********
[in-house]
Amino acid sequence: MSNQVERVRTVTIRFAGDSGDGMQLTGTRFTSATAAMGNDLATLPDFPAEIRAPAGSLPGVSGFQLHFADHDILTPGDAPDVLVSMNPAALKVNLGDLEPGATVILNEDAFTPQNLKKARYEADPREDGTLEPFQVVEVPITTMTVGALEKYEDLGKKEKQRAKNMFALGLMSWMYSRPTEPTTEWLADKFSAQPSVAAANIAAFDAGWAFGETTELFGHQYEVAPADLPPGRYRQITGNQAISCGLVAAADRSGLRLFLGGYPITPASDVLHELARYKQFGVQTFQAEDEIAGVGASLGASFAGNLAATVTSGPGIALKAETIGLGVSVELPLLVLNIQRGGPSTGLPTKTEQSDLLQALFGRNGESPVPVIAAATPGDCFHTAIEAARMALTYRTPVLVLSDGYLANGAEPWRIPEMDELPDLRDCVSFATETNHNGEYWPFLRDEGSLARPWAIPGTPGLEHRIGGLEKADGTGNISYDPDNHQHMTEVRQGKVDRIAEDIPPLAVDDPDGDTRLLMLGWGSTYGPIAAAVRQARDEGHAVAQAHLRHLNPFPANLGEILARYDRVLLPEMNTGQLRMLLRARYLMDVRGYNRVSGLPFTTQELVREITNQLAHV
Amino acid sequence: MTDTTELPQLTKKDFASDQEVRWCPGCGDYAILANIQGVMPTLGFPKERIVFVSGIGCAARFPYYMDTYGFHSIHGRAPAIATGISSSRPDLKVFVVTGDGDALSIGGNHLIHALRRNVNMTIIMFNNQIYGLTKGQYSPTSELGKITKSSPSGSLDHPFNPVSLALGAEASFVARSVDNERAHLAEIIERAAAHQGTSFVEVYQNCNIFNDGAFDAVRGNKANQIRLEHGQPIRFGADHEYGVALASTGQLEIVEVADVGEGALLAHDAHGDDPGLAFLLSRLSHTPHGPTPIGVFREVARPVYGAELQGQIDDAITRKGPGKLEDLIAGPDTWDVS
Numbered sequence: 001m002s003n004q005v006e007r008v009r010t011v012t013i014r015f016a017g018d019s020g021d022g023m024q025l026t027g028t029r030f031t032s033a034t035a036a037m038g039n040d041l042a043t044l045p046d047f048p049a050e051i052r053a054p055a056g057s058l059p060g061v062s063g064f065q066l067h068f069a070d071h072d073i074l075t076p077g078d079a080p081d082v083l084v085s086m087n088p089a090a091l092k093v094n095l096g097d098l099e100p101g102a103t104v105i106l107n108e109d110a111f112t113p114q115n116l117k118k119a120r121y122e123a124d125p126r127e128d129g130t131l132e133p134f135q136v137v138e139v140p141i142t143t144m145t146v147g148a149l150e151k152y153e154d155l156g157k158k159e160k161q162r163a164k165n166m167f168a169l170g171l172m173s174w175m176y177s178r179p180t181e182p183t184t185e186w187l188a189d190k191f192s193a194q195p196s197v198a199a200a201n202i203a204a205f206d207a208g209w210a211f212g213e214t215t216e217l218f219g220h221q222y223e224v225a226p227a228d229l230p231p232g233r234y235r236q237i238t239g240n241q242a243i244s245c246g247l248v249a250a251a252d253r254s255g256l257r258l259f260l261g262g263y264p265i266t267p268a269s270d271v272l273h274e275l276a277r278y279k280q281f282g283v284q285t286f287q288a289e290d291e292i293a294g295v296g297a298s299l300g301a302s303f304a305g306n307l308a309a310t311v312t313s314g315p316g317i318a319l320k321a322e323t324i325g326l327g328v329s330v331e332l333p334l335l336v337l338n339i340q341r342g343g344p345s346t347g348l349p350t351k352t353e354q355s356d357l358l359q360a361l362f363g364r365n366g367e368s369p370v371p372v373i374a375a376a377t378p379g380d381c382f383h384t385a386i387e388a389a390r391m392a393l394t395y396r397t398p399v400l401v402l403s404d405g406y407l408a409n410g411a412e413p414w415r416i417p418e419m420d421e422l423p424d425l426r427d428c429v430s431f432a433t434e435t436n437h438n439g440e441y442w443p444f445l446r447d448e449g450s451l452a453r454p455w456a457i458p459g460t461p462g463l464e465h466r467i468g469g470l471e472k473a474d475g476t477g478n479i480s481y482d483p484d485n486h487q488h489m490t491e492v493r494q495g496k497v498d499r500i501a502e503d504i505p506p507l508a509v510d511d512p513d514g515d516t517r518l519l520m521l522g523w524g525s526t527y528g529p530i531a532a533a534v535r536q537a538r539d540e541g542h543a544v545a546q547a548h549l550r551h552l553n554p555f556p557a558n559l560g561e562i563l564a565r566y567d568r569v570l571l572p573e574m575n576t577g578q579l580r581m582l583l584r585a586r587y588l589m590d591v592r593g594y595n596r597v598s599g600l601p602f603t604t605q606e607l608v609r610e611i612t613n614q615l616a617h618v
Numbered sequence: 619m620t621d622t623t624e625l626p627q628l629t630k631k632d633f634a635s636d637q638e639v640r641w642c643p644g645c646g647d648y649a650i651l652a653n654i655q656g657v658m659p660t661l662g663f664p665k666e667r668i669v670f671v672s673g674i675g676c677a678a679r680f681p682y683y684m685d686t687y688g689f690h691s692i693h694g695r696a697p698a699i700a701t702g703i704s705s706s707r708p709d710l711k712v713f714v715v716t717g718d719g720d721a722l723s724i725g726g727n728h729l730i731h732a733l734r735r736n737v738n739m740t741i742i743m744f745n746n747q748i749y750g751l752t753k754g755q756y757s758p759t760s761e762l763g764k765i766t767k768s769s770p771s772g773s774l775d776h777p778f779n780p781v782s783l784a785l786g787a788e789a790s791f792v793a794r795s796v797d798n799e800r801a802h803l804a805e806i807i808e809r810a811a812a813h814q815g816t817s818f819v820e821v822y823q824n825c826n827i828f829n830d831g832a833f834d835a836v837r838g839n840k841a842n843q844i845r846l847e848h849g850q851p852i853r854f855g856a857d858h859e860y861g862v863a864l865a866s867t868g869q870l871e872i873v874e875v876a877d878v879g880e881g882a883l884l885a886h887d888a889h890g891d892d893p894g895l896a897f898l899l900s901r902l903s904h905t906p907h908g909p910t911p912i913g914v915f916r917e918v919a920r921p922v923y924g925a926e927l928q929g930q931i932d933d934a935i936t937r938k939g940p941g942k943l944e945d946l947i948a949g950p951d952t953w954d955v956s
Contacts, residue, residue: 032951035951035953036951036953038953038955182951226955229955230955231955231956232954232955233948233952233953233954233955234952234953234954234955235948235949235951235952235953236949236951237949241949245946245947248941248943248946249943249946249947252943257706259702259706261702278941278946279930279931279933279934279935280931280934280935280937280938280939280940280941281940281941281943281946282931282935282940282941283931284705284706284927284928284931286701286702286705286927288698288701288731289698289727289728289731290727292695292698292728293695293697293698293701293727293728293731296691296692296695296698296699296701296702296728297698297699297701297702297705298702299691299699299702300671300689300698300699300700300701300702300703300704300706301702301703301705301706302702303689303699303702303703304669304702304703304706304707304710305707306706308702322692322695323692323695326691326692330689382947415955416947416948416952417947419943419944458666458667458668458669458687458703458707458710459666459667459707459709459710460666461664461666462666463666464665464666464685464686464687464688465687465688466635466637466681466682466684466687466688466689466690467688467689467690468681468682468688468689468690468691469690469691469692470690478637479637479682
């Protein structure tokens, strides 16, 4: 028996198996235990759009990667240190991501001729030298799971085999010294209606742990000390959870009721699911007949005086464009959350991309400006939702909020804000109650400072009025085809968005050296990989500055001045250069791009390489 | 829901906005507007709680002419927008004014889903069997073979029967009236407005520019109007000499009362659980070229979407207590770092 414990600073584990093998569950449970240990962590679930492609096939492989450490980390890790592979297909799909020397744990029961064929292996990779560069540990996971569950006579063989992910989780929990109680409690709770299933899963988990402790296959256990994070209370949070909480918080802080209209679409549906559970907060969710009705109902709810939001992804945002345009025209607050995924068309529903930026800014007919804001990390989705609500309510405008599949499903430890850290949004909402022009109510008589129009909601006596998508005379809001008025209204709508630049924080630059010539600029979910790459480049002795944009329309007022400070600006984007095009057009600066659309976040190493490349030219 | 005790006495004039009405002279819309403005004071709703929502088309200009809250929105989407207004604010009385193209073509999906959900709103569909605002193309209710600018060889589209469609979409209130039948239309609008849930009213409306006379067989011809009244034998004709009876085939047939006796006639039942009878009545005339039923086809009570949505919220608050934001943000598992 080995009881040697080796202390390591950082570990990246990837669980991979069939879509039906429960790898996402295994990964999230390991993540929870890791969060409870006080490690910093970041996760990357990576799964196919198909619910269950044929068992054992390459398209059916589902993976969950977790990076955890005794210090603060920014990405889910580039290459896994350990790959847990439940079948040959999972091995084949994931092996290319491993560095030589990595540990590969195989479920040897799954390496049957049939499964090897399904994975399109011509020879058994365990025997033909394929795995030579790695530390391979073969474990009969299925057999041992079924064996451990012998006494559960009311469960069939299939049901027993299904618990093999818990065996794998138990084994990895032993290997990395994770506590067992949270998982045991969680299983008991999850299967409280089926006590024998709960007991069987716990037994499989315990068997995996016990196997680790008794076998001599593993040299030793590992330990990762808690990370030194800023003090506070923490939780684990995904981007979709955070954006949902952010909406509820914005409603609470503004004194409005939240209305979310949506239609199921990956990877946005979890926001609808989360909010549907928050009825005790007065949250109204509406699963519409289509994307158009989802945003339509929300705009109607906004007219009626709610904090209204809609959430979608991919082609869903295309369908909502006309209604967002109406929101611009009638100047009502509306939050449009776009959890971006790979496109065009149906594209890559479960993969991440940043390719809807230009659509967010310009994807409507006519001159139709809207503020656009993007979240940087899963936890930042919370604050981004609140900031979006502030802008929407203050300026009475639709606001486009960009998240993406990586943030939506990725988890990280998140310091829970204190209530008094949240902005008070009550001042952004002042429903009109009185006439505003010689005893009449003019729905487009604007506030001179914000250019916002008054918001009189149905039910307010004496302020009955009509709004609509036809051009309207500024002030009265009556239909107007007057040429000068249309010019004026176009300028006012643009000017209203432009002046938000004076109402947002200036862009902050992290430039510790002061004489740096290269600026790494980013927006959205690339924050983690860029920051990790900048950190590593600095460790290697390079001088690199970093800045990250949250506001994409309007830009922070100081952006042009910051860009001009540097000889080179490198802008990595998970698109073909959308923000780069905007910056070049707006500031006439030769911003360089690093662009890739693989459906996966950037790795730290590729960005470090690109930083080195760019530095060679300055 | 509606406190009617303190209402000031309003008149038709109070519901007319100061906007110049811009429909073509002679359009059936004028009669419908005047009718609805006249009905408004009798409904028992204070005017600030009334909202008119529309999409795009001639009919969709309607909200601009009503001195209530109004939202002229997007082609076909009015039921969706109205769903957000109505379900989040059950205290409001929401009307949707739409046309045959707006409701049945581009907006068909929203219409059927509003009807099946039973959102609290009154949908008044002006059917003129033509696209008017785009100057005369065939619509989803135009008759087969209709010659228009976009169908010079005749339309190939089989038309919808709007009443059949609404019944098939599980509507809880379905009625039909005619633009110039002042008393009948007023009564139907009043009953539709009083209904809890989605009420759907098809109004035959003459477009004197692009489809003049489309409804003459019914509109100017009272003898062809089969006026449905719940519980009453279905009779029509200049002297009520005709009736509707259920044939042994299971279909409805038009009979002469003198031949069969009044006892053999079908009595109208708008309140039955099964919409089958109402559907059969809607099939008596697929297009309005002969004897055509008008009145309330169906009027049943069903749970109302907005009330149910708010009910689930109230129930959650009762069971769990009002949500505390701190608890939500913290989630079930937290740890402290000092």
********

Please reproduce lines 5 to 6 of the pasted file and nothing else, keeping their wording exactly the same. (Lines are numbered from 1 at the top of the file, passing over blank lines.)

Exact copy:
Numbered sequence: 619m620t621d622t623t624e625l626p627q628l629t630k631k632d633f634a635s636d637q638e639v640r641w642c643p644g645c646g647d648y649a650i651l652a653n654i655q656g657v658m659p660t661l662g663f664p665k666e667r668i669v670f671v672s673g674i675g676c677a678a679r680f681p682y683y684m685d686t687y688g689f690h691s692i693h694g695r696a697p698a699i700a701t702g703i704s705s706s707r708p709d710l711k712v713f714v715v716t717g718d719g720d721a722l723s724i725g726g727n728h729l730i731h732a733l734r735r736n737v738n739m740t741i742i743m744f745n746n747q748i749y750g751l752t753k754g755q756y757s758p759t760s761e762l763g764k765i766t767k768s769s770p771s772g773s774l775d776h777p778f779n780p781v782s783l784a785l786g787a788e789a790s791f792v793a794r795s796v797d798n799e800r801a802h803l804a805e806i807i808e809r810a811a812a813h814q815g816t817s818f819v820e821v822y823q824n825c826n827i828f829n830d831g832a833f834d835a836v837r838g839n840k841a842n843q844i845r846l847e848h849g850q851p852i853r854f855g856a857d858h859e860y861g862v863a864l865a866s867t868g869q870l871e872i873v874e875v876a877d878v879g880e881g882a883l884l885a886h887d888a889h890g891d892d893p894g895l896a897f898l899l900s901r902l903s904h905t906p907h908g909p910t911p912i913g914v915f916r917e918v919a920r921p922v923y924g925a926e927l928q929g930q931i932d933d934a935i936t937r938k939g940p941g942k943l944e945d946l947i948a949g950p951d952t953w954d955v956s
Contacts, residue, residue: 032951035951035953036951036953038953038955182951226955229955230955231955231956232954232955233948233952233953233954233955234952234953234954234955235948235949235951235952235953236949236951237949241949245946245947248941248943248946249943249946249947252943257706259702259706261702278941278946279930279931279933279934279935280931280934280935280937280938280939280940280941281940281941281943281946282931282935282940282941283931284705284706284927284928284931286701286702286705286927288698288701288731289698289727289728289731290727292695292698292728293695293697293698293701293727293728293731296691296692296695296698296699296701296702296728297698297699297701297702297705298702299691299699299702300671300689300698300699300700300701300702300703300704300706301702301703301705301706302702303689303699303702303703304669304702304703304706304707304710305707306706308702322692322695323692323695326691326692330689382947415955416947416948416952417947419943419944458666458667458668458669458687458703458707458710459666459667459707459709459710460666461664461666462666463666464665464666464685464686464687464688465687465688466635466637466681466682466684466687466688466689466690467688467689467690468681468682468688468689468690468691469690469691469692470690478637479637479682